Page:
The clean cabin layout adds to the sense of space and in fact, the S90 is quite roomy. There’s ample legroom and headroom on offer and intercity trips will be a comfy affair. It’s the same case in the rear seat too, but there are a few things to keep in mind. The car sits quite low and ingress will be tricky, particularly for the elderly. Also, the central tunnel in humongous, so it can only seat two at the rear. I would’ve liked a slightly reclined backrest angle and maybe cooled seats for the rear too, but otherwise, it’s a great place to be chauffeured around in. Apart from the manual sunshades, the thick C-pillars do a great job of lending to the sense of privacy. The rear seat base can also be folded to double up as a booster seat. Of course, you get a rear armrest and integrated pop-out cupholders, but the quality here could’ve been better. The boot (500-litres) is plenty accommodating too, and cruising to that local hill station with the family will be no trouble.
You also get a cruise-friendly engine to back up the weekend trip credentials. Under the bonnet is Volvo’s ‘D4’, 2.0-litre (whoops, 1,969cc) engine that produces 190PS of power and 400Nm of torque. The on-paper numbers put this somewhere in the middle of the league, but what you need to understand is that this isn’t a powertrain tuned for the enthusiast. Throttle response is crisp, power delivery is very linear and there’s no throw-you-into-the-seat action even when you slam the pedal down.
The engine is quite the aristocrat and while it is quite rev happy and presents no tangible turbo-lag, the 8-speed automatic gearbox is eager to upshift. Kickdown time isn’t as quick as say, the 520d’s ZF-sourced autobox, nor are gear changes as seamless, especially if you lead-foot it. It’s not a sporty unit and apart from the lack of paddle-shifters, the gear lever itself feels rather clunky to use. That said, the torque spread is wide and the car glides ahead without any theatrics. Despite the S90’s modern packaging, it’s a classy, old-school luxury sedan when you bring it down to the driving experience. What’s a bit of a turn off though, is the engine’s sound. It sounds a bit too diesel-esque for my tastes and takes away from the premium feel.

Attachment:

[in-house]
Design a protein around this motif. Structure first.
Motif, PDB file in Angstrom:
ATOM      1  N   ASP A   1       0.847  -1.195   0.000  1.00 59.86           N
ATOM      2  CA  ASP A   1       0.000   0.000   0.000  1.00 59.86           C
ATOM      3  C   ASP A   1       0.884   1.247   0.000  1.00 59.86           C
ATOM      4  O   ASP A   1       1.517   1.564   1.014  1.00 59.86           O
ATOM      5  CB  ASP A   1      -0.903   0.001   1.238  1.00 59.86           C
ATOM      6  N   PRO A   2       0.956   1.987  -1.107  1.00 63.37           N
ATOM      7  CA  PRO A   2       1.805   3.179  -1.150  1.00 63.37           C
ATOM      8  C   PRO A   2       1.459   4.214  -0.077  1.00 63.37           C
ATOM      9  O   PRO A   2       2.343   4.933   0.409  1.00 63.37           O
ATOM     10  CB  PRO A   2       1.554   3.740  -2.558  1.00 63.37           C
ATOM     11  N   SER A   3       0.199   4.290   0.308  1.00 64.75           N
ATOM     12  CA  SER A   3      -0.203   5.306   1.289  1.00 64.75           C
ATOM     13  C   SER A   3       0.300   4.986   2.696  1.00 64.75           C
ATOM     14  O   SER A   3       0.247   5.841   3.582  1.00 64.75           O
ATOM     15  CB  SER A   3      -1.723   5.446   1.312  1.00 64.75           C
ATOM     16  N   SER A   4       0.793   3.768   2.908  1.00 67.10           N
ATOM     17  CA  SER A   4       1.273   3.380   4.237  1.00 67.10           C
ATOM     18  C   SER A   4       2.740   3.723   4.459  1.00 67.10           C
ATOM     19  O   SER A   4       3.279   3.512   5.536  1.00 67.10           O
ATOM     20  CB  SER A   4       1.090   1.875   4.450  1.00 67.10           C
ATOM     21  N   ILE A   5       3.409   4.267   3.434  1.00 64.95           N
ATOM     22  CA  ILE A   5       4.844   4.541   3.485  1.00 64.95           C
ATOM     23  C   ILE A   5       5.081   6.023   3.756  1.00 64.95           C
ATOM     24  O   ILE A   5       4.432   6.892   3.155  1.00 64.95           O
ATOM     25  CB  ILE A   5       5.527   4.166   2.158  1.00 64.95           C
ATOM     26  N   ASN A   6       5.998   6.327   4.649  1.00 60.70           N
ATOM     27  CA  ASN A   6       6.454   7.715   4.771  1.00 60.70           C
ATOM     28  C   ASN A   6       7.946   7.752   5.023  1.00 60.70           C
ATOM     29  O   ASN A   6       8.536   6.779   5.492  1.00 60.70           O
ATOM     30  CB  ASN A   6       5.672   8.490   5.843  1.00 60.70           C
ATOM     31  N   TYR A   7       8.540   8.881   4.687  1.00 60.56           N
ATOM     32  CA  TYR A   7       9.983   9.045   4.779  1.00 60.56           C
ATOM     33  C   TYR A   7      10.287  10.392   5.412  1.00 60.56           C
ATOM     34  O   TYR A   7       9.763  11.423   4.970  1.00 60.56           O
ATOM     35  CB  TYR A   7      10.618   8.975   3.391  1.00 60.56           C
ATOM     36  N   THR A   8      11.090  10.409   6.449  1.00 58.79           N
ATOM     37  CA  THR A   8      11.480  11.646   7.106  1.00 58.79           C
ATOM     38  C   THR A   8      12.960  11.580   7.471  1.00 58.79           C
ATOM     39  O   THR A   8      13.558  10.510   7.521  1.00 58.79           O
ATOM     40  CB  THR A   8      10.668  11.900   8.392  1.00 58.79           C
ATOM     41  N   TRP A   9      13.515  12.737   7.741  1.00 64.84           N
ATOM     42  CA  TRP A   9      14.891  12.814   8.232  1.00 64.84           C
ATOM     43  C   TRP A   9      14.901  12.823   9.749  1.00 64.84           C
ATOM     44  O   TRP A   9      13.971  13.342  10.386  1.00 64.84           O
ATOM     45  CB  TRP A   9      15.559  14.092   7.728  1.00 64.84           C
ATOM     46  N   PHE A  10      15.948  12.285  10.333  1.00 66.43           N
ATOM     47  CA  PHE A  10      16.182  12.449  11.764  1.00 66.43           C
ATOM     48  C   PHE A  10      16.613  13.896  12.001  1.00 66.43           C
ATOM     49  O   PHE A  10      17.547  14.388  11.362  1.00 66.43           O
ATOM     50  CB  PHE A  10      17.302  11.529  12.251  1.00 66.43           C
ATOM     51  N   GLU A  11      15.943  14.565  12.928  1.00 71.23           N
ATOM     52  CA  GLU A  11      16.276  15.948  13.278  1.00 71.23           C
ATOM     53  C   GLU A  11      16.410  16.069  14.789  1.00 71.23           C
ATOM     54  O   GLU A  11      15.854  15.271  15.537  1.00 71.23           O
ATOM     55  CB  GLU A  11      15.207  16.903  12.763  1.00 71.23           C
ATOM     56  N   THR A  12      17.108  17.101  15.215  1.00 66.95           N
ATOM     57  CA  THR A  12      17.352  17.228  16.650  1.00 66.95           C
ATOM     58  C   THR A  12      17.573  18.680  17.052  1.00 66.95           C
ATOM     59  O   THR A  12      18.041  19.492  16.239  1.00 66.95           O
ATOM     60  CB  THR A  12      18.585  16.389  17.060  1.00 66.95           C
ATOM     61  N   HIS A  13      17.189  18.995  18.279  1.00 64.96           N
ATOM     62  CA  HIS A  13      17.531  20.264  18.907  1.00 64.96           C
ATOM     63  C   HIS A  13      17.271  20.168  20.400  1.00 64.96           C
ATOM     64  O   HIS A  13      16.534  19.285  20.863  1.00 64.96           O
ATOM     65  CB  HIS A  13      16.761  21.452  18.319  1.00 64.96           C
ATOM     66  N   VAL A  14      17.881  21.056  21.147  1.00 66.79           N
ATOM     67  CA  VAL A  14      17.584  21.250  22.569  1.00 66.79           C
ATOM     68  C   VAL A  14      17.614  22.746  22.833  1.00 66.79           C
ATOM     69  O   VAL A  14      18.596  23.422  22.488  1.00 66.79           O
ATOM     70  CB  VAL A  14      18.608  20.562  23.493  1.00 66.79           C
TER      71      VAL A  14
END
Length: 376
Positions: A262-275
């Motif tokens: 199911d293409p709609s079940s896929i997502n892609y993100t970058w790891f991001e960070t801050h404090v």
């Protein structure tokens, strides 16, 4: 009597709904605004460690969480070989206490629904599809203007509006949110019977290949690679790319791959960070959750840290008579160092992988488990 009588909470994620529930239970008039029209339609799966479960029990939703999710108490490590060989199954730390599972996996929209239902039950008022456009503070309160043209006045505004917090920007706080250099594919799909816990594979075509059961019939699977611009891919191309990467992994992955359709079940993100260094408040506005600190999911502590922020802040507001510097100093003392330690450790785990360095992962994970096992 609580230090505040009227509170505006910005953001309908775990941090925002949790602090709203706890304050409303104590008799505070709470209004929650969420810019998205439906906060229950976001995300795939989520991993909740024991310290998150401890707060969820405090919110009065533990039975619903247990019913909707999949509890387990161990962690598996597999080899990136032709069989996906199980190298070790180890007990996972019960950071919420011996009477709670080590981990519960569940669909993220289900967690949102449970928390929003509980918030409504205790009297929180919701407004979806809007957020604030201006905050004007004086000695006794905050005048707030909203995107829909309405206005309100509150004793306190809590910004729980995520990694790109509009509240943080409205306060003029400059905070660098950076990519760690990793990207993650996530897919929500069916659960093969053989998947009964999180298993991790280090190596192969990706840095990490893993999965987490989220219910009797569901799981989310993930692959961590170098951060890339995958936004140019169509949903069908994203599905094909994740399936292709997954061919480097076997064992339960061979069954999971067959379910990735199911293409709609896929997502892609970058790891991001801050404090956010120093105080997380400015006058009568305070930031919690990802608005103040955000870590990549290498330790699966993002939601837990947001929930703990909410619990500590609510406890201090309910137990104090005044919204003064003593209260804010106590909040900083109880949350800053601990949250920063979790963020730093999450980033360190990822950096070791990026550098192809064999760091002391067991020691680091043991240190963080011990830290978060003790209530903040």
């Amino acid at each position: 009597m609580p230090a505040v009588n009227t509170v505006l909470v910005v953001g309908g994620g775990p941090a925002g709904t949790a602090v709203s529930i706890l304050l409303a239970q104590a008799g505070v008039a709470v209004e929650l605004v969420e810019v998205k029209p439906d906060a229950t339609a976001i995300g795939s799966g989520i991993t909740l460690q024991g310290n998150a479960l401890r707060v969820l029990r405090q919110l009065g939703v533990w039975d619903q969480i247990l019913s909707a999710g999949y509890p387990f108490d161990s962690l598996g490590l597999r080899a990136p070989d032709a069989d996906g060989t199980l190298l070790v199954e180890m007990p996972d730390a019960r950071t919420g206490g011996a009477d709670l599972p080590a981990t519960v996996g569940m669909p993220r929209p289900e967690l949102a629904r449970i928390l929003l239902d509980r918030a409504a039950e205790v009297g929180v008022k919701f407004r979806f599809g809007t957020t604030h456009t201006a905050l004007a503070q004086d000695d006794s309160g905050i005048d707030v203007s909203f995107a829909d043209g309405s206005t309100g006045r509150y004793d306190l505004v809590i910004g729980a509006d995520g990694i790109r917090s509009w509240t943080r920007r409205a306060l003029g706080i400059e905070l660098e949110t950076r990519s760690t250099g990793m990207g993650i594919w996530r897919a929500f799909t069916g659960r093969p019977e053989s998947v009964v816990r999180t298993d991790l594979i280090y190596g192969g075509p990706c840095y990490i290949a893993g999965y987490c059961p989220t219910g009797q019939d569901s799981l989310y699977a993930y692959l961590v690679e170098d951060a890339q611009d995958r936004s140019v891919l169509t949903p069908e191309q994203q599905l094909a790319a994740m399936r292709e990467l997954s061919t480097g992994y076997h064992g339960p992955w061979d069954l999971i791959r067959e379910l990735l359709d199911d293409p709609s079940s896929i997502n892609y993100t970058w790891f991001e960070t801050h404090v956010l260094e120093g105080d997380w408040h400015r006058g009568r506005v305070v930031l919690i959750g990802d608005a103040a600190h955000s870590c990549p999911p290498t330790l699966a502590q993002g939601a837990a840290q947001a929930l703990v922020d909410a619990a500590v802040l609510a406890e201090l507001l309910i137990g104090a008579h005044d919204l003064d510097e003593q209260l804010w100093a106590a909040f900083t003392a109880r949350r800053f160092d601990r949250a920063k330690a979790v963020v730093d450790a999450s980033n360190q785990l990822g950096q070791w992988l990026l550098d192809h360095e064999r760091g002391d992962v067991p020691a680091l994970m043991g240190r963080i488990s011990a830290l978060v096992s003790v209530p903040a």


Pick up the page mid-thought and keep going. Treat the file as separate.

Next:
What impresses though, is the ride quality. 90 per cent of our drive was on roads where we’re pretty sure the moon landing was staged, but the S90 dealt with them without breaking a sweat. It’s only through the really bad bumps that you hear the suspension express its ire, and even then, occupants in the cabin are kept aloof from the abominations below.
Bear in mind though, deep potholes or those awkwardly tall speed breakers can scrape the undercarriage if you’re not careful, thanks to the low 152mm ground clearance. We’re hoping Volvo offers a rough road package. The steering is extremely light to use, but feels a little vague even as you pick up the pace. This can be solved to some extent by choosing Dynamic mode on the drive mode selector, but while the steering gets more direct, I did find myself wishing for more feedback.
Now this may be the next step in Volvo’s evolutionary chain, but true to the Swedish automaker’s ethos, safety takes paramount importance. The brakes offer fantastic bite and the car stays composed even under panic braking. Additionally, you’re cocooned by airbags, pretensioner seatbelts, emergency brake assist, lane-keeping assist, and a lot more.
So is the S90 a game-changer? Well, in certain ways, yes. The fact is, luxury cars are no longer an uncommon entity. Even coughing up half a crore doesn’t buy you exclusivity these days, but the S90 changes that. It features a new-age design that not only redefines the world’s view of Volvo, but offers a unique appeal that even more expensive luxury barges can’t offer. It’s for the executive who wants something understated, yet makes a statement.
Volvo will offer it only in the Inscription variant that gets all the bells and whistles, and despite being a direct-import, it’s expected to come at a price of Rs 55-60 lakh. The S90 offers distinction in luxury and unlike its predecessor, it’s a package strong enough to make the Germans sweat.